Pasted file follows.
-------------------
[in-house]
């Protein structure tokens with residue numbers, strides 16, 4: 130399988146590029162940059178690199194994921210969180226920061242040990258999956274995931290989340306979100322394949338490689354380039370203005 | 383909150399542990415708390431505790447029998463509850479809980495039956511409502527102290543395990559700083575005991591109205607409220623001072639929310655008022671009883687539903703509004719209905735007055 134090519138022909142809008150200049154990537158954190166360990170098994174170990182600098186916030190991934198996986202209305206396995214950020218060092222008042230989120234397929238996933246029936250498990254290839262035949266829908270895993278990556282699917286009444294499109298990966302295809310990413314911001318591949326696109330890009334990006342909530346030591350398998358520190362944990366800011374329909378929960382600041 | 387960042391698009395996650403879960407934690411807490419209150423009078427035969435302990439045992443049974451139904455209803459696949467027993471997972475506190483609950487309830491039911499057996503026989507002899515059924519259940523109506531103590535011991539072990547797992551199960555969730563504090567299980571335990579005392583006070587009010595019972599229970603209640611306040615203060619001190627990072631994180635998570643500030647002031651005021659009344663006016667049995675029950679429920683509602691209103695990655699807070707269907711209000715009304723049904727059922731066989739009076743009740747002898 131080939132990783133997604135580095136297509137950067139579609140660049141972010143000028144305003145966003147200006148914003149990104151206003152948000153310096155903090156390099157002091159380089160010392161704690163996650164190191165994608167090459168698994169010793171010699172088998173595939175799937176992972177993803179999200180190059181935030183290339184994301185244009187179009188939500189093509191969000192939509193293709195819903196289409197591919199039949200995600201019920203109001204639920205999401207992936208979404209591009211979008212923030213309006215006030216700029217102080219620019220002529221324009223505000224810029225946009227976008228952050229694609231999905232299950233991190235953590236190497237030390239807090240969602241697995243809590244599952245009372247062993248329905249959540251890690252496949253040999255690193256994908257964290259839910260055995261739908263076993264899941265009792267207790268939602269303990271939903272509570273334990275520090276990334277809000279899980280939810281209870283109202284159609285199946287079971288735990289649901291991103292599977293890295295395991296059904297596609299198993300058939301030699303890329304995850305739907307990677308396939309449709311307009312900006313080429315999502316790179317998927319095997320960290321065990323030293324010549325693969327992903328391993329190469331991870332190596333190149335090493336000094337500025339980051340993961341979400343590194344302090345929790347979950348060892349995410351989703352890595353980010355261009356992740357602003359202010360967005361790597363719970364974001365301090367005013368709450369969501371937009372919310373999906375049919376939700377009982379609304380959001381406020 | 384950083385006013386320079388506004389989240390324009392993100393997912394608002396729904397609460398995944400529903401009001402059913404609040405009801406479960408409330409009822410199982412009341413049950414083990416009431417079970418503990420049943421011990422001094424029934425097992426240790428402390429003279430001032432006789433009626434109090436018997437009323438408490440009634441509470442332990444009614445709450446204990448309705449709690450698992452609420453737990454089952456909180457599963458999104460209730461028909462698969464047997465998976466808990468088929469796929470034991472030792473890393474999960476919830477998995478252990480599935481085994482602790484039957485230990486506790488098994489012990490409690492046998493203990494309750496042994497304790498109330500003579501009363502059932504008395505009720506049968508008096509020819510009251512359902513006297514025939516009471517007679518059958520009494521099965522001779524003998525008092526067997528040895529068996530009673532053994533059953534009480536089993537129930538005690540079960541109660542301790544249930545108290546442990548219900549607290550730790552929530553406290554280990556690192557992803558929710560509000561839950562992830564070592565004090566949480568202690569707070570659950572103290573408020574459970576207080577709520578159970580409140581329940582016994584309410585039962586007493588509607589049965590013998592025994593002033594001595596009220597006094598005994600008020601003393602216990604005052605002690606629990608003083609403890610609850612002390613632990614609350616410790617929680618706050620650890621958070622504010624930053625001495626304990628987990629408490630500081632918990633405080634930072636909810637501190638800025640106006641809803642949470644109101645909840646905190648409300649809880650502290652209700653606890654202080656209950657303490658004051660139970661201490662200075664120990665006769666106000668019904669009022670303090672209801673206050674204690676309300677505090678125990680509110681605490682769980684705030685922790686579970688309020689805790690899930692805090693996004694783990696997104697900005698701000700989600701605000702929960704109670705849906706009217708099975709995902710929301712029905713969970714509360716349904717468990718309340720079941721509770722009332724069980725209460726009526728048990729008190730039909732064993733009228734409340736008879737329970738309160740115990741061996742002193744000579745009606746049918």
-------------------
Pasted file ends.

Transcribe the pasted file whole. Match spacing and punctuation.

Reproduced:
[in-house]
């Protein structure tokens with residue numbers, strides 16, 4: 130399988146590029162940059178690199194994921210969180226920061242040990258999956274995931290989340306979100322394949338490689354380039370203005 | 383909150399542990415708390431505790447029998463509850479809980495039956511409502527102290543395990559700083575005991591109205607409220623001072639929310655008022671009883687539903703509004719209905735007055 134090519138022909142809008150200049154990537158954190166360990170098994174170990182600098186916030190991934198996986202209305206396995214950020218060092222008042230989120234397929238996933246029936250498990254290839262035949266829908270895993278990556282699917286009444294499109298990966302295809310990413314911001318591949326696109330890009334990006342909530346030591350398998358520190362944990366800011374329909378929960382600041 | 387960042391698009395996650403879960407934690411807490419209150423009078427035969435302990439045992443049974451139904455209803459696949467027993471997972475506190483609950487309830491039911499057996503026989507002899515059924519259940523109506531103590535011991539072990547797992551199960555969730563504090567299980571335990579005392583006070587009010595019972599229970603209640611306040615203060619001190627990072631994180635998570643500030647002031651005021659009344663006016667049995675029950679429920683509602691209103695990655699807070707269907711209000715009304723049904727059922731066989739009076743009740747002898 131080939132990783133997604135580095136297509137950067139579609140660049141972010143000028144305003145966003147200006148914003149990104151206003152948000153310096155903090156390099157002091159380089160010392161704690163996650164190191165994608167090459168698994169010793171010699172088998173595939175799937176992972177993803179999200180190059181935030183290339184994301185244009187179009188939500189093509191969000192939509193293709195819903196289409197591919199039949200995600201019920203109001204639920205999401207992936208979404209591009211979008212923030213309006215006030216700029217102080219620019220002529221324009223505000224810029225946009227976008228952050229694609231999905232299950233991190235953590236190497237030390239807090240969602241697995243809590244599952245009372247062993248329905249959540251890690252496949253040999255690193256994908257964290259839910260055995261739908263076993264899941265009792267207790268939602269303990271939903272509570273334990275520090276990334277809000279899980280939810281209870283109202284159609285199946287079971288735990289649901291991103292599977293890295295395991296059904297596609299198993300058939301030699303890329304995850305739907307990677308396939309449709311307009312900006313080429315999502316790179317998927319095997320960290321065990323030293324010549325693969327992903328391993329190469331991870332190596333190149335090493336000094337500025339980051340993961341979400343590194344302090345929790347979950348060892349995410351989703352890595353980010355261009356992740357602003359202010360967005361790597363719970364974001365301090367005013368709450369969501371937009372919310373999906375049919376939700377009982379609304380959001381406020 | 384950083385006013386320079388506004389989240390324009392993100393997912394608002396729904397609460398995944400529903401009001402059913404609040405009801406479960408409330409009822410199982412009341413049950414083990416009431417079970418503990420049943421011990422001094424029934425097992426240790428402390429003279430001032432006789433009626434109090436018997437009323438408490440009634441509470442332990444009614445709450446204990448309705449709690450698992452609420453737990454089952456909180457599963458999104460209730461028909462698969464047997465998976466808990468088929469796929470034991472030792473890393474999960476919830477998995478252990480599935481085994482602790484039957485230990486506790488098994489012990490409690492046998493203990494309750496042994497304790498109330500003579501009363502059932504008395505009720506049968508008096509020819510009251512359902513006297514025939516009471517007679518059958520009494521099965522001779524003998525008092526067997528040895529068996530009673532053994533059953534009480536089993537129930538005690540079960541109660542301790544249930545108290546442990548219900549607290550730790552929530553406290554280990556690192557992803558929710560509000561839950562992830564070592565004090566949480568202690569707070570659950572103290573408020574459970576207080577709520578159970580409140581329940582016994584309410585039962586007493588509607589049965590013998592025994593002033594001595596009220597006094598005994600008020601003393602216990604005052605002690606629990608003083609403890610609850612002390613632990614609350616410790617929680618706050620650890621958070622504010624930053625001495626304990628987990629408490630500081632918990633405080634930072636909810637501190638800025640106006641809803642949470644109101645909840646905190648409300649809880650502290652209700653606890654202080656209950657303490658004051660139970661201490662200075664120990665006769666106000668019904669009022670303090672209801673206050674204690676309300677505090678125990680509110681605490682769980684705030685922790686579970688309020689805790690899930692805090693996004694783990696997104697900005698701000700989600701605000702929960704109670705849906706009217708099975709995902710929301712029905713969970714509360716349904717468990718309340720079941721509770722009332724069980725209460726009526728048990729008190730039909732064993733009228734409340736008879737329970738309160740115990741061996742002193744000579745009606746049918």